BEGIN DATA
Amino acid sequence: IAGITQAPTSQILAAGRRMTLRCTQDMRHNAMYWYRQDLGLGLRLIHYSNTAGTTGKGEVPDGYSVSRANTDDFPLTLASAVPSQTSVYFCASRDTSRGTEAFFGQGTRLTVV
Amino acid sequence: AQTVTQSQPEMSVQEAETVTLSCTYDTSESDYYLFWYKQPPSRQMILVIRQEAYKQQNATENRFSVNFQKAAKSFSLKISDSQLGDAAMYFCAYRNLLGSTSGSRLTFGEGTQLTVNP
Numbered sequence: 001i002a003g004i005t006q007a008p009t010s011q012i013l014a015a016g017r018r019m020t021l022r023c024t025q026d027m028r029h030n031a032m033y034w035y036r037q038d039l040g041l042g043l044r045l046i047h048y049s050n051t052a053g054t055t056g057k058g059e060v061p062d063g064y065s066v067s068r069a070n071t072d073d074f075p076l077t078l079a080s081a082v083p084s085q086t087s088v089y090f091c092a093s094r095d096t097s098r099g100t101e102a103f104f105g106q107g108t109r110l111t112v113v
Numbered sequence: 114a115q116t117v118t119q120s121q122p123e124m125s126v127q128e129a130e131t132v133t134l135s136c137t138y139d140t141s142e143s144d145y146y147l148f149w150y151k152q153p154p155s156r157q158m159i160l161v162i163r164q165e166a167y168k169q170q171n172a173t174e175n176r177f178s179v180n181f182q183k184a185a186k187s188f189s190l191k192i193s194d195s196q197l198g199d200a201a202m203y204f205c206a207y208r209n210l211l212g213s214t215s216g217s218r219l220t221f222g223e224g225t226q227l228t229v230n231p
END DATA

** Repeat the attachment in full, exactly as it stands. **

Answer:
Amino acid sequence: IAGITQAPTSQILAAGRRMTLRCTQDMRHNAMYWYRQDLGLGLRLIHYSNTAGTTGKGEVPDGYSVSRANTDDFPLTLASAVPSQTSVYFCASRDTSRGTEAFFGQGTRLTVV
Amino acid sequence: AQTVTQSQPEMSVQEAETVTLSCTYDTSESDYYLFWYKQPPSRQMILVIRQEAYKQQNATENRFSVNFQKAAKSFSLKISDSQLGDAAMYFCAYRNLLGSTSGSRLTFGEGTQLTVNP
Numbered sequence: 001i002a003g004i005t006q007a008p009t010s011q012i013l014a015a016g017r018r019m020t021l022r023c024t025q026d027m028r029h030n031a032m033y034w035y036r037q038d039l040g041l042g043l044r045l046i047h048y049s050n051t052a053g054t055t056g057k058g059e060v061p062d063g064y065s066v067s068r069a070n071t072d073d074f075p076l077t078l079a080s081a082v083p084s085q086t087s088v089y090f091c092a093s094r095d096t097s098r099g100t101e102a103f104f105g106q107g108t109r110l111t112v113v
Numbered sequence: 114a115q116t117v118t119q120s121q122p123e124m125s126v127q128e129a130e131t132v133t134l135s136c137t138y139d140t141s142e143s144d145y146y147l148f149w150y151k152q153p154p155s156r157q158m159i160l161v162i163r164q165e166a167y168k169q170q171n172a173t174e175n176r177f178s179v180n181f182q183k184a185a186k187s188f189s190l191k192i193s194d195s196q197l198g199d200a201a202m203y204f205c206a207y208r209n210l211l212g213s214t215s216g217s218r219l220t221f222g223e224g225t226q227l228t229v230n231p